“I apprehend that in certain educational institutions respect for tradition has restricted academic study to the accomplishment of the past. However, our Faith has never been restricted to one place or time. Ever since its revelation the fundamental concepts of Islam have been its universality and the fact that this is the last revelation, constantly valid, and not petrified into one period of man’s history or confined to one area of the world. The Holy Qu’ran’s encouragement to study nature and the physical world around us gave the original impetus to scientific enquiry among Muslims. Exchanges of knowledge between institutions and nations and the widening of man’s intellectual horizons are essentially Islamic concepts. The Faith urges freedom of intellectual enquiry and this freedom does not mean that knowledge will lose its spiritual dimension. That dimension is indeed itself a field for intellectual enquiry. I can not illustrate this interdependence of spiritual inspiration and learning better than by recounting a dialogue between Ibn Sina, the philosopher, and Abu said Abul-Khayr, the Sufi mystic. Ibn Sina remarked, ‘Whatever I know, he sees’. To which Abu Said replied, ‘Whatever I see, he knows’.”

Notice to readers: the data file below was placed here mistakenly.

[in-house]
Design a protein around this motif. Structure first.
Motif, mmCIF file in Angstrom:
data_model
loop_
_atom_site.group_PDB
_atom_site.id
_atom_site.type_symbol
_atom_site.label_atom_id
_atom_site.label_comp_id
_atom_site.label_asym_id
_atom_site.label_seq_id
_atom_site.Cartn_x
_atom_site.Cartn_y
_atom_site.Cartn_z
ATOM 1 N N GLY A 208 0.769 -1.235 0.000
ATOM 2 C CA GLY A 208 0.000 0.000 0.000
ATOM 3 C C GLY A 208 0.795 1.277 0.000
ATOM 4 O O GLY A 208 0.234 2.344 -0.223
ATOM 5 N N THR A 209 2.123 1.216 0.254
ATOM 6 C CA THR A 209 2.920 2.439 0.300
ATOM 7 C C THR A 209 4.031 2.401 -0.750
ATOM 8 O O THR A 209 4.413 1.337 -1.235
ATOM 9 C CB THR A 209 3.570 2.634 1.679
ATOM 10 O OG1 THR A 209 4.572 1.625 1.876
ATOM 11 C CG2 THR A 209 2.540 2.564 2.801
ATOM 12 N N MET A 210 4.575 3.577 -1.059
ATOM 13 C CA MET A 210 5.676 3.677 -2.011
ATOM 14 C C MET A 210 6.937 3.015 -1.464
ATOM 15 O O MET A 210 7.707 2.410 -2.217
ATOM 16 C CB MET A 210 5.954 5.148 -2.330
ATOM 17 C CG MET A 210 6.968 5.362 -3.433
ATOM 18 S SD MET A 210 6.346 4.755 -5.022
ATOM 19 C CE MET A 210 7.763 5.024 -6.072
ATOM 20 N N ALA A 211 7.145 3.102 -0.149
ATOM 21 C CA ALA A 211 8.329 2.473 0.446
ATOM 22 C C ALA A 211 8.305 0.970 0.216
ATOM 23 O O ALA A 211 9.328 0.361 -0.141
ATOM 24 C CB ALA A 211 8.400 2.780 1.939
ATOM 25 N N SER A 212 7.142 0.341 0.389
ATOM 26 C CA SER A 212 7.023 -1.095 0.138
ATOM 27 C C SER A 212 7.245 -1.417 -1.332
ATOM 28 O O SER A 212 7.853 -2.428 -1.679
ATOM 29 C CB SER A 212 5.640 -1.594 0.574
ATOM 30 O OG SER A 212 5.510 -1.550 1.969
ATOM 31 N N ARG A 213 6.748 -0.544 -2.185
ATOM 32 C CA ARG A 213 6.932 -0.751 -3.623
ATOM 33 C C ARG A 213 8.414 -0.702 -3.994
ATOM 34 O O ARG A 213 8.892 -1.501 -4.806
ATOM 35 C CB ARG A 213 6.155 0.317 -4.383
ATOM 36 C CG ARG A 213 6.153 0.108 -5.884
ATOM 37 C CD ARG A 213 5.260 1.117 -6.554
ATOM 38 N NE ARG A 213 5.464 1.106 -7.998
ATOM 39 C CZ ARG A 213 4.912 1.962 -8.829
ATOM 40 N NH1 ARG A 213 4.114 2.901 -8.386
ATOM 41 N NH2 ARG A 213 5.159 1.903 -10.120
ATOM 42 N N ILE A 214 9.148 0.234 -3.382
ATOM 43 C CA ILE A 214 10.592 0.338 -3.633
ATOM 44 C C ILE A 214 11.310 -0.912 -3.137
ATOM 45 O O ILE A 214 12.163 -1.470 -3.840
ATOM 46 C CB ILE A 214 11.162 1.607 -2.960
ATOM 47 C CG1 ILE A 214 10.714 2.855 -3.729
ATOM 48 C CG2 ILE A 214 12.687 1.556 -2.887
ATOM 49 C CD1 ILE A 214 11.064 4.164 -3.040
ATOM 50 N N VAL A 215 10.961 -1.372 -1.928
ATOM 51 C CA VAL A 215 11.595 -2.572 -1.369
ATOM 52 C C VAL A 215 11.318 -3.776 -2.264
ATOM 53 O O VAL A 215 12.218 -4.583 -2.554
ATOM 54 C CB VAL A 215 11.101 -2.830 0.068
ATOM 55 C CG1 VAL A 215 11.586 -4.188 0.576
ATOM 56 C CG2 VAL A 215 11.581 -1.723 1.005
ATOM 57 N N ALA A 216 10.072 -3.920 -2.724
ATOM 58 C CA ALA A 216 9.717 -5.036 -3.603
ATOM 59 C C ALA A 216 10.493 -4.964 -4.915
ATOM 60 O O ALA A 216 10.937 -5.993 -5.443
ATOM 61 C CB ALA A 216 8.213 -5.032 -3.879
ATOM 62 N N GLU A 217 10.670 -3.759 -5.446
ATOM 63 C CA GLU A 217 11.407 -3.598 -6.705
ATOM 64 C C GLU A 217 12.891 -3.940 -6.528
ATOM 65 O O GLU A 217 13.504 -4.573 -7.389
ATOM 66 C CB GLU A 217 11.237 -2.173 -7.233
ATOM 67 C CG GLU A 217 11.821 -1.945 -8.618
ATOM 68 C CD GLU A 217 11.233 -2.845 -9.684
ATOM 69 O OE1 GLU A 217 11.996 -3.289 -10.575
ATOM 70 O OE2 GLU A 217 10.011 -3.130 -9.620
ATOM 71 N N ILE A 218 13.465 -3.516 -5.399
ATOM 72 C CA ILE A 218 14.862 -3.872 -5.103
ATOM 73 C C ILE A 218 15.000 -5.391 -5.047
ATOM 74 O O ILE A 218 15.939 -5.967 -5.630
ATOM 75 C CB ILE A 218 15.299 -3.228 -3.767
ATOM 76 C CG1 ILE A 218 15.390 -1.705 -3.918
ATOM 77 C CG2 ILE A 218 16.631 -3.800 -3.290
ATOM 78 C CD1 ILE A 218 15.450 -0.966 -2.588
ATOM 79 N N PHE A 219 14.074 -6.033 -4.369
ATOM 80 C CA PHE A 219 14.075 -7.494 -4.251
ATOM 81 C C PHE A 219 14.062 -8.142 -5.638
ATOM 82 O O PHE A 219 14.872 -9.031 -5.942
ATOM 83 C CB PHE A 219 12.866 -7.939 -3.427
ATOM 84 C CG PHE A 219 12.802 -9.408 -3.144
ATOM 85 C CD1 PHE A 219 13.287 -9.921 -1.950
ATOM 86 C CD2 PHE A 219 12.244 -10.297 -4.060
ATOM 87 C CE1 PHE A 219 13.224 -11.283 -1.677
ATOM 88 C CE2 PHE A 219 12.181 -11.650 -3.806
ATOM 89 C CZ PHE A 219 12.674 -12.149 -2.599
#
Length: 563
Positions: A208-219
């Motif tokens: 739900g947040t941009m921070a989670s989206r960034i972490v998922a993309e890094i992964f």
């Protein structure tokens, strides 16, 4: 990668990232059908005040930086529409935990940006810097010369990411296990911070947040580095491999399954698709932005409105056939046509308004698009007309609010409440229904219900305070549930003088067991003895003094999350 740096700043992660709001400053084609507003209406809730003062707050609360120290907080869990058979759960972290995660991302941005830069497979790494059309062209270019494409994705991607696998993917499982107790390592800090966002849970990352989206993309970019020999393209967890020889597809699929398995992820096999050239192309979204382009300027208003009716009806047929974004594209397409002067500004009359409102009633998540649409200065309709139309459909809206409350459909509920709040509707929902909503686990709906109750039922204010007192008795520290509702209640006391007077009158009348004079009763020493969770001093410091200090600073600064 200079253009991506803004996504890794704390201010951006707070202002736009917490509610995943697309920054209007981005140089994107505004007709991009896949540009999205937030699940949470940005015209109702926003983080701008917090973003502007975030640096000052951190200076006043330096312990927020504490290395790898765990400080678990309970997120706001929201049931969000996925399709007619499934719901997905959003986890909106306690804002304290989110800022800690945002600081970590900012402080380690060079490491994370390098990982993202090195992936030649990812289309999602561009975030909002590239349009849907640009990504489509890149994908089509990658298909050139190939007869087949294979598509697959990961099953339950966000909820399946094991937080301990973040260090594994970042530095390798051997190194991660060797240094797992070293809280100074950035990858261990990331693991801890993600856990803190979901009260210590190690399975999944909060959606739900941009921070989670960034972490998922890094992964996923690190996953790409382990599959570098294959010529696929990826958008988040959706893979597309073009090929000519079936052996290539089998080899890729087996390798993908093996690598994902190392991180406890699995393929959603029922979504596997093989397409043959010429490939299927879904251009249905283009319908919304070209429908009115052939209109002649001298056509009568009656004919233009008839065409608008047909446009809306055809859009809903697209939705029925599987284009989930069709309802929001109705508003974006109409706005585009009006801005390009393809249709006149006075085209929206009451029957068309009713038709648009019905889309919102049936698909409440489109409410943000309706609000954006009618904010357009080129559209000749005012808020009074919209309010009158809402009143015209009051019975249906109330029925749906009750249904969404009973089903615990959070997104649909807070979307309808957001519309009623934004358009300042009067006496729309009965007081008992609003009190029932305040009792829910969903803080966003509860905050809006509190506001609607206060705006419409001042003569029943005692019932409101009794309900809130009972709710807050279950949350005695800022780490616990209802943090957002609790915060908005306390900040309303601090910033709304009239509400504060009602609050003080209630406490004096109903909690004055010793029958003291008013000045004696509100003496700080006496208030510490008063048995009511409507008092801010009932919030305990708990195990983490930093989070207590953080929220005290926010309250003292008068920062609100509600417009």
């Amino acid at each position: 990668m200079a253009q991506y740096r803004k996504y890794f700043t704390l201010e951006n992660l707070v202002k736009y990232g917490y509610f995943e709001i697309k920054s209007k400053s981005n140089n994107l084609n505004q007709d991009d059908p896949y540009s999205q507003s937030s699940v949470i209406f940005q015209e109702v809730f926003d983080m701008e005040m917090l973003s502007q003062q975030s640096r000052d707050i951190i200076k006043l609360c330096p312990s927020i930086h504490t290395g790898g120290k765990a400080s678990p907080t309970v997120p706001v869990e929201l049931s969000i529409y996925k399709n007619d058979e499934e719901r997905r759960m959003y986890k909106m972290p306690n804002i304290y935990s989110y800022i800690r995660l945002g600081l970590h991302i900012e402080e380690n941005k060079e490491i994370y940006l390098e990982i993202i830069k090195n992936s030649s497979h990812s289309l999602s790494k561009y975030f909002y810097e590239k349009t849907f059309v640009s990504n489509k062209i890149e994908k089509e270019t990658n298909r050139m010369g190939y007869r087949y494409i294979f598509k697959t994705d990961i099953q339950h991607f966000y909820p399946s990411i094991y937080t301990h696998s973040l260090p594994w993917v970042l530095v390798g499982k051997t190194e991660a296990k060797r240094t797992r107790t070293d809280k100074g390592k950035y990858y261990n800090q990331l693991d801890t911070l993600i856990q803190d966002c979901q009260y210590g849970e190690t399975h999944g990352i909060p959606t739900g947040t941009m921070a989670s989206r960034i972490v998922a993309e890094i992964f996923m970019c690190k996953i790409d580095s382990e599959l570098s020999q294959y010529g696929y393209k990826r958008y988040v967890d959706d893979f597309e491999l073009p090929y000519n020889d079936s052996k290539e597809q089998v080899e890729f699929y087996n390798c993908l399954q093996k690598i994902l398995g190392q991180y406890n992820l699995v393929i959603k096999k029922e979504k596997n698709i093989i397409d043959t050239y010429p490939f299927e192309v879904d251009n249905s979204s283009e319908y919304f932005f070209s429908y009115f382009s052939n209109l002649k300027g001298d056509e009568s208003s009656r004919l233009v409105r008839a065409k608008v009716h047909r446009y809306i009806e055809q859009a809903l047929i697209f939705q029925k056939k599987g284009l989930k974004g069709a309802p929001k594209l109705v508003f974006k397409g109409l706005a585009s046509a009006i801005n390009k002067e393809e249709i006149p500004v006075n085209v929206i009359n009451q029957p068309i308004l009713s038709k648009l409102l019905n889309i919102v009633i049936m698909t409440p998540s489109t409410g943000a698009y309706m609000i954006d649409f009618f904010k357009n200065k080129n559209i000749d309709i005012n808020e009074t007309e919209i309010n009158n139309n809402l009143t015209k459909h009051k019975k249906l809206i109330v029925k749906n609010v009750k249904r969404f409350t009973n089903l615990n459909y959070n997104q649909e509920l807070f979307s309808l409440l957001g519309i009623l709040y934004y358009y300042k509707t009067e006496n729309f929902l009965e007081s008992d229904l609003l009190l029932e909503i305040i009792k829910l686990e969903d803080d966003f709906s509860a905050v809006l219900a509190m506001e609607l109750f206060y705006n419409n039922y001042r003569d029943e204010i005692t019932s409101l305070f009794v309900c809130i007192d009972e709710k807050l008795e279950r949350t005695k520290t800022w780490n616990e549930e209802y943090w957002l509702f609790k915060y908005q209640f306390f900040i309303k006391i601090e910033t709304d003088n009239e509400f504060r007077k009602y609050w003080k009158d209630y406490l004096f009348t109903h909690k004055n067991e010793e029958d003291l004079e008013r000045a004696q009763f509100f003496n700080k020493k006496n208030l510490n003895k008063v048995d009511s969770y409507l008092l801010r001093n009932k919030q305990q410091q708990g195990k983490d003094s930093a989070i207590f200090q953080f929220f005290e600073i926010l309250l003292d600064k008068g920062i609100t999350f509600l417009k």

Thus, these excerpts by a Muslim religious leader verify the compatibility of science with religion and why this blog will continue to provide diverse readings on Islam and science. With regard to your other reflections on the subject, I would defer the discussion to the author of the essay as well as invite you to read my interview with Professor Arif Babul, a Muslim astrophysicist, where the issue about science and religion were raised including the theme of Intelligent Design. It is in multiple parts. Part I at https://simerg.com/about/voices-brilliant-astrophysicist-arif-babul-in-conversation-with-simerg/. I would also invite you to read Babul’s excellent condensed piece about the interplay of science and religion by clicking https://simerg.files.wordpress.com/2009/06/babul-excerpt-knowing-the-universe.pdf.